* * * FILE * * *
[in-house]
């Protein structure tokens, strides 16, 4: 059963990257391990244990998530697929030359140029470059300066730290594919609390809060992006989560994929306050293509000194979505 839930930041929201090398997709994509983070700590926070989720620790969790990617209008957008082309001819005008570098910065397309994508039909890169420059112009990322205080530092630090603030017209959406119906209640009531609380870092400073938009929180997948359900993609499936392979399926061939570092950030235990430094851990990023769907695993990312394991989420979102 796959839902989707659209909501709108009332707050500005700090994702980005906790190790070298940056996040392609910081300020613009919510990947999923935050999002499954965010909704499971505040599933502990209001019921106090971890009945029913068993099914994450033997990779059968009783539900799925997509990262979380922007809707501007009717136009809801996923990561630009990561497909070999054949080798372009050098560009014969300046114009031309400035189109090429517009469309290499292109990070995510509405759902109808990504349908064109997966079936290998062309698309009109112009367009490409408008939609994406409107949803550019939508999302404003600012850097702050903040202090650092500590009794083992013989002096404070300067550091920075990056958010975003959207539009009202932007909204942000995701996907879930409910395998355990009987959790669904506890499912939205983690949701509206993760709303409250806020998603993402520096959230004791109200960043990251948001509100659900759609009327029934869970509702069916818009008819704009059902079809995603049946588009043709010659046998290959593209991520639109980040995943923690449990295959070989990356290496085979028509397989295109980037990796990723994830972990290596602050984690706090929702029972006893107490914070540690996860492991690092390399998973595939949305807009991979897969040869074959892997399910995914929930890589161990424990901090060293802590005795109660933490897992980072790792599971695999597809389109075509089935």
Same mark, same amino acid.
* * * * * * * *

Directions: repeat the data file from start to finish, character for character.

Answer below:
[in-house]
């Protein structure tokens, strides 16, 4: 059963990257391990244990998530697929030359140029470059300066730290594919609390809060992006989560994929306050293509000194979505 839930930041929201090398997709994509983070700590926070989720620790969790990617209008957008082309001819005008570098910065397309994508039909890169420059112009990322205080530092630090603030017209959406119906209640009531609380870092400073938009929180997948359900993609499936392979399926061939570092950030235990430094851990990023769907695993990312394991989420979102 796959839902989707659209909501709108009332707050500005700090994702980005906790190790070298940056996040392609910081300020613009919510990947999923935050999002499954965010909704499971505040599933502990209001019921106090971890009945029913068993099914994450033997990779059968009783539900799925997509990262979380922007809707501007009717136009809801996923990561630009990561497909070999054949080798372009050098560009014969300046114009031309400035189109090429517009469309290499292109990070995510509405759902109808990504349908064109997966079936290998062309698309009109112009367009490409408008939609994406409107949803550019939508999302404003600012850097702050903040202090650092500590009794083992013989002096404070300067550091920075990056958010975003959207539009009202932007909204942000995701996907879930409910395998355990009987959790669904506890499912939205983690949701509206993760709303409250806020998603993402520096959230004791109200960043990251948001509100659900759609009327029934869970509702069916818009008819704009059902079809995603049946588009043709010659046998290959593209991520639109980040995943923690449990295959070989990356290496085979028509397989295109980037990796990723994830972990290596602050984690706090929702029972006893107490914070540690996860492991690092390399998973595939949305807009991979897969040869074959892997399910995914929930890589161990424990901090060293802590005795109660933490897992980072790792599971695999597809389109075509089935």
Same mark, same amino acid.